The next Sunday afternoon, once everyone has arrived, but before we sit down to lunch, Papà calls us out to the backyard. We stand in front of the new shed as he points out its original features and the additions he’s made.
“It’s a big improvement,” Luca says.
“Non c’è male, but it won’t last forty years like the one I built myself.”
“Pretty blue,” Bella says, “Like the sky.”
“He wasn’t supposed to climb the ladder alone.” I frown at Papà.
He frowns back.
“We were going to paint it together on Tuesday,” Phil, my husband, says, “but when I got here, even earlier than the time we agreed on, he was already finished.”
“I was ready to start at six.” Papà shakes his head. “Was I just supposed to wait for you to wake up?”
Papà walks over to the last bundle and pulls off the tarp. A jumble of our things. “It’s mostly junk.” He urges us to get rid of it all, or at least, to take anything we want to keep to our own homes.
When Ma reluctantly agrees to donate the pram she once walked us in, Papà says, “Un miracolo.”
“Don’t forget,” she chuckles, “the last time I gave away baby things, the very next month, I got pregnant with Anna.” Ma and Papà look at each other and laugh.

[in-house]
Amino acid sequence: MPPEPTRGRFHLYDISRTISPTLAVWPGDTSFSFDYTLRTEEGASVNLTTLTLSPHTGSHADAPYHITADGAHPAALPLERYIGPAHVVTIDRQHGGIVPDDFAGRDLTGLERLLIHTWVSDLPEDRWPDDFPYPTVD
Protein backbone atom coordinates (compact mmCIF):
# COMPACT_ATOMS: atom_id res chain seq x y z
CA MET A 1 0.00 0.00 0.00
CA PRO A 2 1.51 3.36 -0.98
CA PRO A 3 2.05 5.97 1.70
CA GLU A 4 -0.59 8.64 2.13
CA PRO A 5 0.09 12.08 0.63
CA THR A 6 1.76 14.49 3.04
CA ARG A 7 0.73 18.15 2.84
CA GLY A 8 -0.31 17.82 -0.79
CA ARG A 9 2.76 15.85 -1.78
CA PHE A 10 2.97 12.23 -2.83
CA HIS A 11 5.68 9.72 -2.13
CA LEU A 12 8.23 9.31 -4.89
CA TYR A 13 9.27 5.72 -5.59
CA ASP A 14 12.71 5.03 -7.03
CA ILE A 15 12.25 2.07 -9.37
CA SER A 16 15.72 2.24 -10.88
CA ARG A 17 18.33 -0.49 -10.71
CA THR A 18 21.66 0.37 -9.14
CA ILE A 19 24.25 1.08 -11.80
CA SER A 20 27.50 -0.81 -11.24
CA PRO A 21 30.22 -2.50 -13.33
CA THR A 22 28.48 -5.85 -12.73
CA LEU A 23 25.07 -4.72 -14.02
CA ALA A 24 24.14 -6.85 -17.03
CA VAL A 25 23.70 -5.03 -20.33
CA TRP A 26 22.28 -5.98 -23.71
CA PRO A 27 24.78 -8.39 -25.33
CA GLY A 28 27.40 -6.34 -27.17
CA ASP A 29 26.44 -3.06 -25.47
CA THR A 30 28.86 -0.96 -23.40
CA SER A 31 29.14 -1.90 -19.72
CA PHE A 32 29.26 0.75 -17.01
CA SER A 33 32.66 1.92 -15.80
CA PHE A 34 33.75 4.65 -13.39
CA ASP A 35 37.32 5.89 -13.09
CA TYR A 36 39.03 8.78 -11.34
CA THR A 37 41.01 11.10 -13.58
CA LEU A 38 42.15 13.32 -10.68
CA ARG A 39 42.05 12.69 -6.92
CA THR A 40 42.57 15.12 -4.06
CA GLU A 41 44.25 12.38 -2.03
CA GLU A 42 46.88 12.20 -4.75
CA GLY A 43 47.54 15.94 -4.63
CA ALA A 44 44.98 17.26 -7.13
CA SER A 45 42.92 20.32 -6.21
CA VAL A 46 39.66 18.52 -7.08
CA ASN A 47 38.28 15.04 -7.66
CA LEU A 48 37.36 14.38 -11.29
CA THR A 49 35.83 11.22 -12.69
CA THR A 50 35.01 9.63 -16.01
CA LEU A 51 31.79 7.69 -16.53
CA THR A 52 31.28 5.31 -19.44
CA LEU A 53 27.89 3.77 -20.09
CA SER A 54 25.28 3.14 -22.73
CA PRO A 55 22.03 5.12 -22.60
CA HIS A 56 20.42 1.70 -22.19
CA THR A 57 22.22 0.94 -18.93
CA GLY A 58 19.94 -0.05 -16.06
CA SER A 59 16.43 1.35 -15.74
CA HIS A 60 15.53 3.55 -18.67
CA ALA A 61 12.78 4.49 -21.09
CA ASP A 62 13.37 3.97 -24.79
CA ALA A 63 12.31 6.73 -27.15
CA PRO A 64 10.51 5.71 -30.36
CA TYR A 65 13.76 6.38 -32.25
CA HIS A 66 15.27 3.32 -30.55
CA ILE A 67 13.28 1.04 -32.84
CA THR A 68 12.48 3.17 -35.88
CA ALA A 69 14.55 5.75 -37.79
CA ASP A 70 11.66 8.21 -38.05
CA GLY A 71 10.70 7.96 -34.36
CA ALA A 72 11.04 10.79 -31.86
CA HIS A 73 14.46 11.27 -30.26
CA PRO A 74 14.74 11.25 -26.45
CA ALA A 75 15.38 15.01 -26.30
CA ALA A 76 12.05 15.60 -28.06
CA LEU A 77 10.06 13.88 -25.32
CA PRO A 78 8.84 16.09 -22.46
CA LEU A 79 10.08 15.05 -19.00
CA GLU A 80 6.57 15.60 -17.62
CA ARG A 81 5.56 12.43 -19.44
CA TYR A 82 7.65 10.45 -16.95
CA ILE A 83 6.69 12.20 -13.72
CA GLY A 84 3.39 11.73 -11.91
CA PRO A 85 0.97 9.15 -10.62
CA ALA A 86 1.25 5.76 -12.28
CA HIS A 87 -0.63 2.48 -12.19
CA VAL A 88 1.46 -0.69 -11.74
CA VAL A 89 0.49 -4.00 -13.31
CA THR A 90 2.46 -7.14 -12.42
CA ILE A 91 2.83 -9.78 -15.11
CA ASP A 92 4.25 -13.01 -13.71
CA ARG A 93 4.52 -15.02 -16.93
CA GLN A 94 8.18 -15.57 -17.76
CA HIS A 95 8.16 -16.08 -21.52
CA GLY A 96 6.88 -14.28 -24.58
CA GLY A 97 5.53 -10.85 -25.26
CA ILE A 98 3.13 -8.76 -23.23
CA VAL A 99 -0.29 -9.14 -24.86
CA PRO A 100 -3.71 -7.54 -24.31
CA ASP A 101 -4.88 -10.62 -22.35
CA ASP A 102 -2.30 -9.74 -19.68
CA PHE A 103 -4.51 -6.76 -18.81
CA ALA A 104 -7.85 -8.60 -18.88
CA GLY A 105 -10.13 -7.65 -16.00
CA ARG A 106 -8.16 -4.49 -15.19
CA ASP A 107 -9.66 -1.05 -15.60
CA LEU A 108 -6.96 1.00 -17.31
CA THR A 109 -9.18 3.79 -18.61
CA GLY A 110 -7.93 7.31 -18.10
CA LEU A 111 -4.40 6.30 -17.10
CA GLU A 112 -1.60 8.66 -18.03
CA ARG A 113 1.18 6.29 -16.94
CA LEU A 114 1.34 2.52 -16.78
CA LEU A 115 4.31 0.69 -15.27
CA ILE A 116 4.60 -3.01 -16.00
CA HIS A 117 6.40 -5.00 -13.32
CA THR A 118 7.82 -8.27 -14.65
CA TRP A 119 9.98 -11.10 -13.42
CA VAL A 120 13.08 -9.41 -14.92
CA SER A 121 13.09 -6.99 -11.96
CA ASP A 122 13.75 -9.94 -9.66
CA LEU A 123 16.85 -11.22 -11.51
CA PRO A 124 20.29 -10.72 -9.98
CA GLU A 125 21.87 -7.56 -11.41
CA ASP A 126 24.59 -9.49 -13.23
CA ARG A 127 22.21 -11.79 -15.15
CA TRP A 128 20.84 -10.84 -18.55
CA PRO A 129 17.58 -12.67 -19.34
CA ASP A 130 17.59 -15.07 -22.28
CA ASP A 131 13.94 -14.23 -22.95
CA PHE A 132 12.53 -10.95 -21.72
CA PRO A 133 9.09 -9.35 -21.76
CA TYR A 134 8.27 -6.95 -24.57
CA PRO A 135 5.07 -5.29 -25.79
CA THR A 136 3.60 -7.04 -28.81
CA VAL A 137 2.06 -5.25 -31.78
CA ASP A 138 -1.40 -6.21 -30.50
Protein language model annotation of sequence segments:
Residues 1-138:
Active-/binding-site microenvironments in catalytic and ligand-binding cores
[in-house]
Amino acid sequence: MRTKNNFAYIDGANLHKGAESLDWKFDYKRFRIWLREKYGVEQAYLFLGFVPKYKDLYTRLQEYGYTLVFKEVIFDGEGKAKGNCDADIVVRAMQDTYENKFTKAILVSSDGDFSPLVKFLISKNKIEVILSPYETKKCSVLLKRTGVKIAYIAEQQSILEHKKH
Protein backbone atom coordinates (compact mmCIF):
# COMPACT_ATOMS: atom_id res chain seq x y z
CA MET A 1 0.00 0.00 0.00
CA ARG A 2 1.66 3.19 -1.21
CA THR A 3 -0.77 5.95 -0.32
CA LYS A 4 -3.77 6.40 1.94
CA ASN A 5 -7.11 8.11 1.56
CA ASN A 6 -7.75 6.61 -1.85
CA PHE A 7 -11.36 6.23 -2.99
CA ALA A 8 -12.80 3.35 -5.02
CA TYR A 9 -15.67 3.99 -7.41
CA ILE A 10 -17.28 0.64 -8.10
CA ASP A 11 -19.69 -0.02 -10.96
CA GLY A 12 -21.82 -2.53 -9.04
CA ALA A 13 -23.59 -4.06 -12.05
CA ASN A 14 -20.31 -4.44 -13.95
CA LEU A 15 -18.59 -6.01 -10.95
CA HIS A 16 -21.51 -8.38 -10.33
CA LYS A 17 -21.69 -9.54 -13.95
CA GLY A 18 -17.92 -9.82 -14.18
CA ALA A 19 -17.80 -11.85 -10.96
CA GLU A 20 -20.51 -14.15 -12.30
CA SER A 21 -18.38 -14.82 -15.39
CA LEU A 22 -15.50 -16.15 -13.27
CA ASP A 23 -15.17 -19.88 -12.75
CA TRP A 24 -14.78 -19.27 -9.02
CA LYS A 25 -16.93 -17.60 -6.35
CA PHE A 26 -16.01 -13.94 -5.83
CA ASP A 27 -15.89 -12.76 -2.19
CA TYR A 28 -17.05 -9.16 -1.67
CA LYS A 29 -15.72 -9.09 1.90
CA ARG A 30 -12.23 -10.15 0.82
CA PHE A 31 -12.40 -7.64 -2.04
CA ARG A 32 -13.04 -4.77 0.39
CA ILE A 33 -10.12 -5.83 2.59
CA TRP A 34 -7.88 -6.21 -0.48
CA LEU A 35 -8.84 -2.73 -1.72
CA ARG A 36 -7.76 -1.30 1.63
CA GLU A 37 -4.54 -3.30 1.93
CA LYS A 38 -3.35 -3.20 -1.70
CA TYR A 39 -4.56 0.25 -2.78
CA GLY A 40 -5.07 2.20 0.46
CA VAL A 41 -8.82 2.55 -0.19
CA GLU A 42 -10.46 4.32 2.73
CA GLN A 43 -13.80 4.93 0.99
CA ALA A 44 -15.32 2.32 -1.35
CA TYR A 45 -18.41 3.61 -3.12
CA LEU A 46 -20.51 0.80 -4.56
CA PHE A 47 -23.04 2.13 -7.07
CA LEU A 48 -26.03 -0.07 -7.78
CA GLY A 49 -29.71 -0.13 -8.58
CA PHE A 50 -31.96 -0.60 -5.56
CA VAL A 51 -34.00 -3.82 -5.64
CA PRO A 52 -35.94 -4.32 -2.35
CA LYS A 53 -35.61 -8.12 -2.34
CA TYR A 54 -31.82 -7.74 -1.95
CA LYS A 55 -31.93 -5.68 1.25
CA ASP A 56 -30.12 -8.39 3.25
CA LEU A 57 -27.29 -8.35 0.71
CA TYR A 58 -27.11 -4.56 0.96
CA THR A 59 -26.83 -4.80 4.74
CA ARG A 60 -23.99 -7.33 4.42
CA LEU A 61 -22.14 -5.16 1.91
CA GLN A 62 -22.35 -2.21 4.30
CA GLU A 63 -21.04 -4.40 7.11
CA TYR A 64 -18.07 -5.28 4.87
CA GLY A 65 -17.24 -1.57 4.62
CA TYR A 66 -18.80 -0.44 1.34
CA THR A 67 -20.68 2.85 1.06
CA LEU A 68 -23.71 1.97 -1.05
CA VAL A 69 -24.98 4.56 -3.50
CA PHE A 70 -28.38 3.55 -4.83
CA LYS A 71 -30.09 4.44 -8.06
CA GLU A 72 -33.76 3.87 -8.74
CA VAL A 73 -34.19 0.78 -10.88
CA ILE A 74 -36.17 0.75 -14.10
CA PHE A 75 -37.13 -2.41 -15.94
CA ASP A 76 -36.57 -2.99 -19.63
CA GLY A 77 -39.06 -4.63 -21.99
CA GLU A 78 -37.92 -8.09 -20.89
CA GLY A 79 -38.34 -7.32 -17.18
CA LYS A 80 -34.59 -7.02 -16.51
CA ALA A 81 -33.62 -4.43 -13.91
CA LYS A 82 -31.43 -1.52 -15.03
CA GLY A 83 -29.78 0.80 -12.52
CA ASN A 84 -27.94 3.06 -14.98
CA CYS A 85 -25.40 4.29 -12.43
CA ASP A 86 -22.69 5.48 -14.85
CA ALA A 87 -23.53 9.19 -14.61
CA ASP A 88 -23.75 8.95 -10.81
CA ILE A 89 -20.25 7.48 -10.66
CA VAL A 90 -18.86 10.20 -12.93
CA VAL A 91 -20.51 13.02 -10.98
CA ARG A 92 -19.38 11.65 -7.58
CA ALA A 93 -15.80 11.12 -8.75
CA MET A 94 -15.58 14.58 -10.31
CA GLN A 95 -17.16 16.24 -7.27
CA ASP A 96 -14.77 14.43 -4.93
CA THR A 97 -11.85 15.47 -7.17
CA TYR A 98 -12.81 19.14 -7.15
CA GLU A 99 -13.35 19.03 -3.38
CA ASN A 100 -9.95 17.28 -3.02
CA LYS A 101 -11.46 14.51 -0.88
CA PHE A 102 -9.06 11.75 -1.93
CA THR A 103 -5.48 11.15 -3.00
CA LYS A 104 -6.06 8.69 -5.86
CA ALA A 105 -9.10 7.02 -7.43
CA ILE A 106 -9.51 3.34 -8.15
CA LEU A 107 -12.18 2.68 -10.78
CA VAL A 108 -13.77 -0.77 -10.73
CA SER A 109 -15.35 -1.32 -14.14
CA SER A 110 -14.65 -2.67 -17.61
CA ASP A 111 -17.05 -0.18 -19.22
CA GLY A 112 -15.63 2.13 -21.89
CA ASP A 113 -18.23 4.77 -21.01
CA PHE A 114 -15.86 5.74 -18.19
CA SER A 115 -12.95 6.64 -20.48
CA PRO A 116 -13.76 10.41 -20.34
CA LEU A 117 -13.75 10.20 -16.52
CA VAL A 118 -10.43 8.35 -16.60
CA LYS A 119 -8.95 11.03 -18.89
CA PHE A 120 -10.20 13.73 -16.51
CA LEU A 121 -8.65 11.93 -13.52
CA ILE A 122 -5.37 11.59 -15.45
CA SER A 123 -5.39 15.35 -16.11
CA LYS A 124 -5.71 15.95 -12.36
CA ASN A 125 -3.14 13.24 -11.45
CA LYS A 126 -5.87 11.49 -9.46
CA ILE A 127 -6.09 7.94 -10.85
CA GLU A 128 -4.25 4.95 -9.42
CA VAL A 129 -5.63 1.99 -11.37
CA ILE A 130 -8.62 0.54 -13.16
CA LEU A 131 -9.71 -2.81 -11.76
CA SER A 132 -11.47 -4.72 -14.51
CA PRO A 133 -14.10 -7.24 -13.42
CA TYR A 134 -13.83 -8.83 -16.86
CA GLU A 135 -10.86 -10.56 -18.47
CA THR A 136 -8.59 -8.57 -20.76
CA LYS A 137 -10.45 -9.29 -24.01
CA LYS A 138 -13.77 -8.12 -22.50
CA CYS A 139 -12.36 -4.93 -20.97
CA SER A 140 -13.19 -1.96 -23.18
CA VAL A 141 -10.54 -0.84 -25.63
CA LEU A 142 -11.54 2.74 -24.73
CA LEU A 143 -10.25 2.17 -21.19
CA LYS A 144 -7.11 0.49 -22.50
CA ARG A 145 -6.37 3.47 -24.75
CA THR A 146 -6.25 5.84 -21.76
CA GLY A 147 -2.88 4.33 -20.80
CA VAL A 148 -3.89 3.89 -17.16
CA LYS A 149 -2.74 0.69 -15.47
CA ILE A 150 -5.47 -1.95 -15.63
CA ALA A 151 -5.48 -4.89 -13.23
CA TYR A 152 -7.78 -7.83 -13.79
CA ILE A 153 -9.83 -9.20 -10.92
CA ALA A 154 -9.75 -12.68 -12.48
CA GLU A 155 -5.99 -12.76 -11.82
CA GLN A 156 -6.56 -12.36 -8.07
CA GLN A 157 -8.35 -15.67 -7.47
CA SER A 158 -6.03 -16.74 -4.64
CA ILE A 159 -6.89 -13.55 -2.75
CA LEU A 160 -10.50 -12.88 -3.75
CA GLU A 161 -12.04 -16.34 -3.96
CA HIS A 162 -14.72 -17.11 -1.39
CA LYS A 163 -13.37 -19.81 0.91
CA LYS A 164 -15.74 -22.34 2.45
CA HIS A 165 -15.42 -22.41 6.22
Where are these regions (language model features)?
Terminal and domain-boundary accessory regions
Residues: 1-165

Anna’s rusted red tricycle goes into the trash. Luca claims his green toboggan for his children. And I grab hold of Susie, the baby doll I thought I’d lost when I was a girl. Papà asks Phil if he wants his winemaking equipment. “It’s easier to buy bottles, now. They sell wine from home, Puglia. Not my village, no vineyards there, but still Puglia.”
We put the rest of the things back in the shed. “They’re all useless.” Papà shakes his head. “Just take up space.”
“You never know,” Ma replies as we go back into the house. “Potremmo averne bisogno un giorno.”
“We might need them one day,” I translate for Phil.
After we say our goodbyes, Phil and I head to the backyard for the grape crusher, wine presser, and demijohns. While he carries them to the truck, I duck into the shed and pull the doors shut behind me. In the dark, I breathe in the fresh, woody scent of the new shed and a whisper of the deeper, earthier scent of the old one. I click on the camping lantern. In the dim light, I pull my doll out of my bag and tuck her away in the furthest corner behind the old hockey sticks and goalie pads.
Lucia Gagliese is a writer, clinical psychologist and professor in the School of Kinesiology and Health Science at York University in Toronto. Her writing has appeared or is forthcoming in numerous publications including Best Canadian Stories, The New Quarterly, The Healing Muse, and Accenti.